Everyone is aware how incredibly difficult it is to make it to the highest levels of professional sports. But if we look a little closer, not all states or countries are created equal when it comes to producing professional athletes.
Some states produce more athletes, at least in part, because of their large population. But what if we factor in population sizes? Even then we see that some states are more likely to produce professional athletes in certain sports than others.
Using data collected by Sports-Reference.com, we created maps for each of the four major North American sports leagues (MLB, NFL, NHL, NBA) that show which states and countries currently produce the most professional athletes in North America and which states and countries have produced the most all-time.
If we consider population size, California and Florida still do very well, but so do Wyoming and Mississippi. Utah, Alaska, and Wisconsin have the lowest per capita rates.
California also dominates among all-time players. However, we also see that New York, Illinois, and Pennsylvania do well all-time suggesting those are former hot beds.
Once again, it is no surprise that the largest warm-weather states are the birth states for the most active NFL players.
However, if we consider population, a child in Louisiana is more likely to become an NFL player than any other state (note: Washington D.C. actually has a higher rate than Louisiana). Hawaii and South Carolina are second and third, respectively. Vermont, North Dakota, and New Hampshire have the lowest rates.
Like the all-time map for baseball, we again see that the large states in the south have produced a lot of talent, but several large states in the northeast used to be hot beds, including Pennsylvania (no. 3 all-time) and Ohio (no. 4 all-time). No state has produced fewer NFL players than Vermont.
California still dominates the NBA, but now the northern states do well with New York second and Illinois third. There are nine states with no active players.
If we consider population size, once again Louisiana leads the way. They are followed by Maryland, Washington, and Indiana. Once again, Washington DC has a higher rate than any state.
California leads historically among NBA players, but New York is a close second. Illinois, Pennsylvania, and Ohio round out the top five. The NBA has never had a player born in the state of Vermont.
In the NHL, things start to look a lot different, with Minnesota producing the most active players. There are 26 states with no active players in the NHL.
Minnesota dominates all-time, but Massachusetts is a close second. Thirteen states have never produced an NHL player.
If we look at all four leagues combined, California has the most active professional athletes, followed by Texas, Florida, New York, and Georgia. Vermont is last with just one professional athlete.
Once population is considered, no state produces professional athletes at a higher rate than Louisiana, followed by Alaska, Wyoming, and Mississippi. The bottom five are Vermont, Utah, Rhode Island, West Virginia, and New Mexico. Also, it should be noted that Washington DC has a higher rate than any state.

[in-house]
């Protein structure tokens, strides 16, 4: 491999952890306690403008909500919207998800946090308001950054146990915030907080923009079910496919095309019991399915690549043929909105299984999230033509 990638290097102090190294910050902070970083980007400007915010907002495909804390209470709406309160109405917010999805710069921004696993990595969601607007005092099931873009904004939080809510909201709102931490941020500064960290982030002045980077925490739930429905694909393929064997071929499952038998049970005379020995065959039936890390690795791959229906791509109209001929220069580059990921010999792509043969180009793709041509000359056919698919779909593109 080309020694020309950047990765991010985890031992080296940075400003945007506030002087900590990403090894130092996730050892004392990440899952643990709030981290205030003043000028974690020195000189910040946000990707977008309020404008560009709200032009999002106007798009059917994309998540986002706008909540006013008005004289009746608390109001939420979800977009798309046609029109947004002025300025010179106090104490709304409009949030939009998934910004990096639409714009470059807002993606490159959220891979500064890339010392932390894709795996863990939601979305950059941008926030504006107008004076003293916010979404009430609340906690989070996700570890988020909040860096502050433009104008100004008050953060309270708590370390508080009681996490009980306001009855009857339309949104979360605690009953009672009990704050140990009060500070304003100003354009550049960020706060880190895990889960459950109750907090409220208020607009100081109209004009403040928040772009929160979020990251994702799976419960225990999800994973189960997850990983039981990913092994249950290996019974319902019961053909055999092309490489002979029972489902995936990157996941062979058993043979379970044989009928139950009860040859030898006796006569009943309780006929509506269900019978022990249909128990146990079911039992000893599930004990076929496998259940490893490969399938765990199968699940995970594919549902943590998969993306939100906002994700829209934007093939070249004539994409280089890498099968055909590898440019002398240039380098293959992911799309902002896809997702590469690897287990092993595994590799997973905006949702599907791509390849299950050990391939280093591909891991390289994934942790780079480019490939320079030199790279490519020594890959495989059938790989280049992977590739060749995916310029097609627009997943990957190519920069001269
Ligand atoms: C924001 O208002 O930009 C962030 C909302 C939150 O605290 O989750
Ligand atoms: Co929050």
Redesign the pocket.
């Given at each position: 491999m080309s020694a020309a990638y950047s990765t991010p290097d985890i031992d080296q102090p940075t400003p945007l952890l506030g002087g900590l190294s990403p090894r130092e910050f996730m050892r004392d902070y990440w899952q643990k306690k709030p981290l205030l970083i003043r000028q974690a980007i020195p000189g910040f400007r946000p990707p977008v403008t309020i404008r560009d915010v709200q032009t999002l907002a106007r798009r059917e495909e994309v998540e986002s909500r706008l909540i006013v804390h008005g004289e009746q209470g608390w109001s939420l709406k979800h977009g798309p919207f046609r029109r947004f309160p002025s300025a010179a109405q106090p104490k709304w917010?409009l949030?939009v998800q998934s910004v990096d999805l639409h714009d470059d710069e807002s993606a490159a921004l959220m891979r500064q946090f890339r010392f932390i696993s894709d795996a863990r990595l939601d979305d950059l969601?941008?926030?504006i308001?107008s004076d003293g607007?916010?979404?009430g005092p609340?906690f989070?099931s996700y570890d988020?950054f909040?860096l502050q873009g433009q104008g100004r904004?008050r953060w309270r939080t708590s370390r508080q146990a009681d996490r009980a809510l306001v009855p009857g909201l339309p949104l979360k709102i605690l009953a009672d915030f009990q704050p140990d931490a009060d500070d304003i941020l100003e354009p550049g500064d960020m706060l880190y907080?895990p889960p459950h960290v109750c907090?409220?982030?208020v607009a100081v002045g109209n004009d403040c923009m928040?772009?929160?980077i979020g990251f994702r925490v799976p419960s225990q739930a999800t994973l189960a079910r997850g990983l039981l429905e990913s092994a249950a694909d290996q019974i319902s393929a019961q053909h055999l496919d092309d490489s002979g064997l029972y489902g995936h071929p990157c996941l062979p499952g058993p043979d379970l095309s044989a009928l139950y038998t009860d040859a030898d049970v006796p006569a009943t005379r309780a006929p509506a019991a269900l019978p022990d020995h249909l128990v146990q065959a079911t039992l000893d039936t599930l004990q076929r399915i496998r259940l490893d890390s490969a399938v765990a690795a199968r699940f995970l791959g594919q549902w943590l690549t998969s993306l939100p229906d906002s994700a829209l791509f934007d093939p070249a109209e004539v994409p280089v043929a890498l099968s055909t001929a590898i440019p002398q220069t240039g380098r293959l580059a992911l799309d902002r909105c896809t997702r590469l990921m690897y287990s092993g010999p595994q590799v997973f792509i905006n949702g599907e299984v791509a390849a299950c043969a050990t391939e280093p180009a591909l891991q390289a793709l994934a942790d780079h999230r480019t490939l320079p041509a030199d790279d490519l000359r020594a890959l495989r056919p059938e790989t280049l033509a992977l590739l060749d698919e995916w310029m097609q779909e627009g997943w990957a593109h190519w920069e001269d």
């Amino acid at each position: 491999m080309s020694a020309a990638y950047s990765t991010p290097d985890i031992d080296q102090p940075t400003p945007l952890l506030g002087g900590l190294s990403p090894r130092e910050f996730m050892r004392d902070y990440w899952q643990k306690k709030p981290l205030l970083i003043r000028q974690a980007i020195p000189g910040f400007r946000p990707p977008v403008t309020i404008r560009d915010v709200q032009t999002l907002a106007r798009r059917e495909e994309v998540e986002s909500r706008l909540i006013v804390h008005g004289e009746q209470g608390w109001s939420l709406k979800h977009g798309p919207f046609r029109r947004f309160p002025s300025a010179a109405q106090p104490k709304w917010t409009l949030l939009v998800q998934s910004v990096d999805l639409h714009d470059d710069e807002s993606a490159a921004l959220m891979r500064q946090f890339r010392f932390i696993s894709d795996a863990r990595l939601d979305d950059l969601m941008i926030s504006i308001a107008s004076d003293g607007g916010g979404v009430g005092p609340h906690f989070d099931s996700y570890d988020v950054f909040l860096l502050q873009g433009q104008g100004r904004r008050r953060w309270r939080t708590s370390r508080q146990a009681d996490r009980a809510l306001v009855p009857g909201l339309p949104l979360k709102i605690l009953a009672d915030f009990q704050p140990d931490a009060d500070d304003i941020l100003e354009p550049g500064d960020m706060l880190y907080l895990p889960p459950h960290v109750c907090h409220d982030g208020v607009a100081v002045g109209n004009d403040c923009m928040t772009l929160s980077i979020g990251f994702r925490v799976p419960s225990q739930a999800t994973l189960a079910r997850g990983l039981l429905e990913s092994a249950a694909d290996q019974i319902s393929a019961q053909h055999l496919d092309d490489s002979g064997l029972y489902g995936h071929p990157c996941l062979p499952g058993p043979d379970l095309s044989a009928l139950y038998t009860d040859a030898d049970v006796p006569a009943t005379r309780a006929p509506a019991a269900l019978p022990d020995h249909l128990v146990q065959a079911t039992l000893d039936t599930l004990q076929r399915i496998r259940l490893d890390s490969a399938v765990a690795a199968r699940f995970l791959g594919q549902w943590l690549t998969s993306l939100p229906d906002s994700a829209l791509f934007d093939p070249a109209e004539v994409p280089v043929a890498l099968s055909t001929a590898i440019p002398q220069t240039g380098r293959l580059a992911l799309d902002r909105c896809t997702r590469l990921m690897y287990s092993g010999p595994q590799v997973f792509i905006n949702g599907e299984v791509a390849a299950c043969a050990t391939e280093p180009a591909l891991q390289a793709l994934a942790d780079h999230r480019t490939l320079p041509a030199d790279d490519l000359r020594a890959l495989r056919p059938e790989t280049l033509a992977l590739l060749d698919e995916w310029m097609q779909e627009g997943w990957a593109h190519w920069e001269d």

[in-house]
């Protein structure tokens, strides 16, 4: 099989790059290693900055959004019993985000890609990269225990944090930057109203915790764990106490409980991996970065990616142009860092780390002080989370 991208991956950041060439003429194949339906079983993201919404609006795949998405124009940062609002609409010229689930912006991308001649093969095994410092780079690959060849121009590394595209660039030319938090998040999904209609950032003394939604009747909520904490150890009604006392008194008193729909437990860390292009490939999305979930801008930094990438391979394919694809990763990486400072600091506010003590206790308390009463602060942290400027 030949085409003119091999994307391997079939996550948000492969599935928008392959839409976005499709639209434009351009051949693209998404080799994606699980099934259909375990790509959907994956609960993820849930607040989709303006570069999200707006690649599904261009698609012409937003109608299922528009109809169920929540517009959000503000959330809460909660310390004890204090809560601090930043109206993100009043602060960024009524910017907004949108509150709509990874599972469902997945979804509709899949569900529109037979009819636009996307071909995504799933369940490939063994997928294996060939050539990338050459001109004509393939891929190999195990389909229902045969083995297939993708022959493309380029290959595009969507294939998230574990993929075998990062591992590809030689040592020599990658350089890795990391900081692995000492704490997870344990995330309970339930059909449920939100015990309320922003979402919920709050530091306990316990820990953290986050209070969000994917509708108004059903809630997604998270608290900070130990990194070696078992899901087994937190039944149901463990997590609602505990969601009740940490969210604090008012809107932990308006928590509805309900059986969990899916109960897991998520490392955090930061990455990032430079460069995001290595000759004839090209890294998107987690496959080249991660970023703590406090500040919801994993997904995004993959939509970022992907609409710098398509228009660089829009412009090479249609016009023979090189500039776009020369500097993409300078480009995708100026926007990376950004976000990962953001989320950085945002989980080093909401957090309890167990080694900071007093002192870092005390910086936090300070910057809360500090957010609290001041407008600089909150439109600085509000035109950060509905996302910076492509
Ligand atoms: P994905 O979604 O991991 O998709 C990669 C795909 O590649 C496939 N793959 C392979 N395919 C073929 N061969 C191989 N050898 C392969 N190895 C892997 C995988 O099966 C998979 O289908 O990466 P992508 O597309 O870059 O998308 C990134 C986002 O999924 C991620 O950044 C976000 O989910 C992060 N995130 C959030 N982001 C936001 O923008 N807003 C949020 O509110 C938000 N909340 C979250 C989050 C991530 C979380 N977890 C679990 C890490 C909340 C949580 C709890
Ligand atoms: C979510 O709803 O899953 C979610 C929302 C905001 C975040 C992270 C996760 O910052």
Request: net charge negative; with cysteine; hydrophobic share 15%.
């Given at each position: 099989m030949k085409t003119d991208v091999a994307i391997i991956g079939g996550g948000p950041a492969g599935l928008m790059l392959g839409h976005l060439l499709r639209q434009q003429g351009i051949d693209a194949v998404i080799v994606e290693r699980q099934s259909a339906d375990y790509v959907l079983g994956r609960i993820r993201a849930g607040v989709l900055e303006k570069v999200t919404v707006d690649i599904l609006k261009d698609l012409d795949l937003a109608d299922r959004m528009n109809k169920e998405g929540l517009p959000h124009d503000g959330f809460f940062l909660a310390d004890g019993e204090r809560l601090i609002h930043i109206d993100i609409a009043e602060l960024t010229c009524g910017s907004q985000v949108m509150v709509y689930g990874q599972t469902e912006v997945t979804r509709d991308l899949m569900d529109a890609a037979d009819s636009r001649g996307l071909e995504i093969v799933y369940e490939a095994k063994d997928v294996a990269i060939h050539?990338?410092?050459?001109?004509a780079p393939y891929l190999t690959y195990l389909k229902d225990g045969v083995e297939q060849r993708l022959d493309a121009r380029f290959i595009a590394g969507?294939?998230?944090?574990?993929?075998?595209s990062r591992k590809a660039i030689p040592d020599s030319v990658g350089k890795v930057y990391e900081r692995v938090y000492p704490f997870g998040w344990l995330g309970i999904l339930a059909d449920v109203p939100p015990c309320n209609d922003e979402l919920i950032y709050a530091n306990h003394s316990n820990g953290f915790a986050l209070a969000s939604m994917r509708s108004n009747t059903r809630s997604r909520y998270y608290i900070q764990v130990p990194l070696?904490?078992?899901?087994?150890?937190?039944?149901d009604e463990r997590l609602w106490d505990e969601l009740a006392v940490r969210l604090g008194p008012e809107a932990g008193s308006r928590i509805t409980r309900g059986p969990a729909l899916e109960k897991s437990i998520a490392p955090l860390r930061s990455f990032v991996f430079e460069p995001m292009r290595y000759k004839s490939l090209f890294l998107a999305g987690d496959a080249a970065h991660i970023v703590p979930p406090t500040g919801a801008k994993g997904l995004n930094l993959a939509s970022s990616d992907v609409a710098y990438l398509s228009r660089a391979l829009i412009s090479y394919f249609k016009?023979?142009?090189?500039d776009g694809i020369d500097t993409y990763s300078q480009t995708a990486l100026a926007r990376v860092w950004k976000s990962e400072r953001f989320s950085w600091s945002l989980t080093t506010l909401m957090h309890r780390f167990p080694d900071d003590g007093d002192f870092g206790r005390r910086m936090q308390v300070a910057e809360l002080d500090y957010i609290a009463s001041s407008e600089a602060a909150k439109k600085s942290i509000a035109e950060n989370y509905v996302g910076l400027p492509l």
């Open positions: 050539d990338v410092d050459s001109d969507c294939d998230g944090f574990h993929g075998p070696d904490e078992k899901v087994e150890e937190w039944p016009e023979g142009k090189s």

There are very few surprises if we consider the number of all-time professional athletes with California, Texas, and Pennsylvania on top. Alaska, Vermont, and Wyoming are the bottom three.
Of course the United States is the dominant country in producing baseball players, but we also see that it is still a predominantly western hemisphere sport. Outside of the U.S., the Dominican Republic and Venezuela produce the most big leaguers.
However, if we look at the history of baseball, much of the world has been represented at one point or another, with the entire continent of Africa being a notable exception. The Dominican Republic and Venezuela also top the list of non-U.S. countries all-time. 52 different countries have produced at least one Major Leaguer.
No sport is more American than American football and yet, we can clearly see a world-wide influence among active players. However, no other country currently has more than five players in the NFL, led by Canada, Germany (possibly U.S. military children), and American Samoa.
The all-time map doesn't look much different than the active map, with Canada, Germany, American Samoa as the birth places to the most NFL players not born in the United States. In total, 92 different countries have produced at least one NFL player.
Among active NBA players, France is the leader other than the United States, followed by Brazil, Canada, and Spain.
77 different countries have produced at least one NBA player. Other than the U.S., the biggest producers of NBA talent all-time are Canada, France, and Germany.
Canada and the US still produce the most NHL players, but Sweden, Russia, and players born in either the Czech Republic or Slovakia (or the former Czechoslovakia) show a strong influence from northern Europe and Asia.
The map of active players in the four major sports leagues combined shows us just how global North American sports have become. Among active players, 72% were born in the US, 11% in Canada, followed by the Dominican Republic (4%), Venezuela (3%), Sweden (1%), and the Czech Republic or Slovakia (or the former Czechoslovakia; 1%).
Among players all-time with known birthplaces in the four major sports leagues combined, the US leads with 82%, with Canada (11%) and the Dominican Republic (1%) as the only other countries with at least 1%.
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